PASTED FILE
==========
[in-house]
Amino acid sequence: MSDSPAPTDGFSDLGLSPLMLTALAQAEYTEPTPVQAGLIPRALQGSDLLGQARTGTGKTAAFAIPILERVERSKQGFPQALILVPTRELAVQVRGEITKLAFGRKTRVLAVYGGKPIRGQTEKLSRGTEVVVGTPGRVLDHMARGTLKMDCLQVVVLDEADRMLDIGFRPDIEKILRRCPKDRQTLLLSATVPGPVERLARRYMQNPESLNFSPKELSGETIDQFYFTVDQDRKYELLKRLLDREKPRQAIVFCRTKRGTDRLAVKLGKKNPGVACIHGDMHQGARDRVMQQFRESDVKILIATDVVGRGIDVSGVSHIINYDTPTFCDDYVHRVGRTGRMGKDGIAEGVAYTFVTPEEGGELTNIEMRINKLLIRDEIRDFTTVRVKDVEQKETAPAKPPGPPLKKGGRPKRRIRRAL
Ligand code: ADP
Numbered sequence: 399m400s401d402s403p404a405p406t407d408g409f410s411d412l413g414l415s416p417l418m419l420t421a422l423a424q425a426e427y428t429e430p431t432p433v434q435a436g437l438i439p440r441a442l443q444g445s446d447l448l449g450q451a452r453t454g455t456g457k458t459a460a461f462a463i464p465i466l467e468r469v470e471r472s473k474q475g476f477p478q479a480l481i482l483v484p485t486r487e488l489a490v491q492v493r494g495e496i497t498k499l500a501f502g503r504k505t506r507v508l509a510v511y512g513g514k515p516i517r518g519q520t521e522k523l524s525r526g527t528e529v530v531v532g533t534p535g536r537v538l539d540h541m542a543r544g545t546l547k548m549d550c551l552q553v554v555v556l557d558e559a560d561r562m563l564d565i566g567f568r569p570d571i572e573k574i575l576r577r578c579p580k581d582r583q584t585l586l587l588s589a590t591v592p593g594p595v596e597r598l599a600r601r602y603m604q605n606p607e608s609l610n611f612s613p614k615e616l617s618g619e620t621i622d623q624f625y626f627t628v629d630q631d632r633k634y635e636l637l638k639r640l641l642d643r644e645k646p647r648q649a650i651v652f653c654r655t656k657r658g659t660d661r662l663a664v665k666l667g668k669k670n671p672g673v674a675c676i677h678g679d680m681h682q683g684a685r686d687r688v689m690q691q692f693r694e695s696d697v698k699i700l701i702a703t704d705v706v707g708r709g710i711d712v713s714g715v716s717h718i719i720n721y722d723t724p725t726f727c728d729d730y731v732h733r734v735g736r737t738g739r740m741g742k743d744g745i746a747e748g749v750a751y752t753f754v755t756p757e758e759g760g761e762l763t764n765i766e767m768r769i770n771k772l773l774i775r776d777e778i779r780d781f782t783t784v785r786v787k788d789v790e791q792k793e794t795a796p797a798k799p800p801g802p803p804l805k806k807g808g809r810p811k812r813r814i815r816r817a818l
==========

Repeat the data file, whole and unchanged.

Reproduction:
[in-house]
Amino acid sequence: MSDSPAPTDGFSDLGLSPLMLTALAQAEYTEPTPVQAGLIPRALQGSDLLGQARTGTGKTAAFAIPILERVERSKQGFPQALILVPTRELAVQVRGEITKLAFGRKTRVLAVYGGKPIRGQTEKLSRGTEVVVGTPGRVLDHMARGTLKMDCLQVVVLDEADRMLDIGFRPDIEKILRRCPKDRQTLLLSATVPGPVERLARRYMQNPESLNFSPKELSGETIDQFYFTVDQDRKYELLKRLLDREKPRQAIVFCRTKRGTDRLAVKLGKKNPGVACIHGDMHQGARDRVMQQFRESDVKILIATDVVGRGIDVSGVSHIINYDTPTFCDDYVHRVGRTGRMGKDGIAEGVAYTFVTPEEGGELTNIEMRINKLLIRDEIRDFTTVRVKDVEQKETAPAKPPGPPLKKGGRPKRRIRRAL
Ligand code: ADP
Numbered sequence: 399m400s401d402s403p404a405p406t407d408g409f410s411d412l413g414l415s416p417l418m419l420t421a422l423a424q425a426e427y428t429e430p431t432p433v434q435a436g437l438i439p440r441a442l443q444g445s446d447l448l449g450q451a452r453t454g455t456g457k458t459a460a461f462a463i464p465i466l467e468r469v470e471r472s473k474q475g476f477p478q479a480l481i482l483v484p485t486r487e488l489a490v491q492v493r494g495e496i497t498k499l500a501f502g503r504k505t506r507v508l509a510v511y512g513g514k515p516i517r518g519q520t521e522k523l524s525r526g527t528e529v530v531v532g533t534p535g536r537v538l539d540h541m542a543r544g545t546l547k548m549d550c551l552q553v554v555v556l557d558e559a560d561r562m563l564d565i566g567f568r569p570d571i572e573k574i575l576r577r578c579p580k581d582r583q584t585l586l587l588s589a590t591v592p593g594p595v596e597r598l599a600r601r602y603m604q605n606p607e608s609l610n611f612s613p614k615e616l617s618g619e620t621i622d623q624f625y626f627t628v629d630q631d632r633k634y635e636l637l638k639r640l641l642d643r644e645k646p647r648q649a650i651v652f653c654r655t656k657r658g659t660d661r662l663a664v665k666l667g668k669k670n671p672g673v674a675c676i677h678g679d680m681h682q683g684a685r686d687r688v689m690q691q692f693r694e695s696d697v698k699i700l701i702a703t704d705v706v707g708r709g710i711d712v713s714g715v716s717h718i719i720n721y722d723t724p725t726f727c728d729d730y731v732h733r734v735g736r737t738g739r740m741g742k743d744g745i746a747e748g749v750a751y752t753f754v755t756p757e758e759g760g761e762l763t764n765i766e767m768r769i770n771k772l773l774i775r776d777e778i779r780d781f782t783t784v785r786v787k788d789v790e791q792k793e794t795a796p797a798k799p800p801g802p803p804l805k806k807g808g809r810p811k812r813r814i815r816r817a818l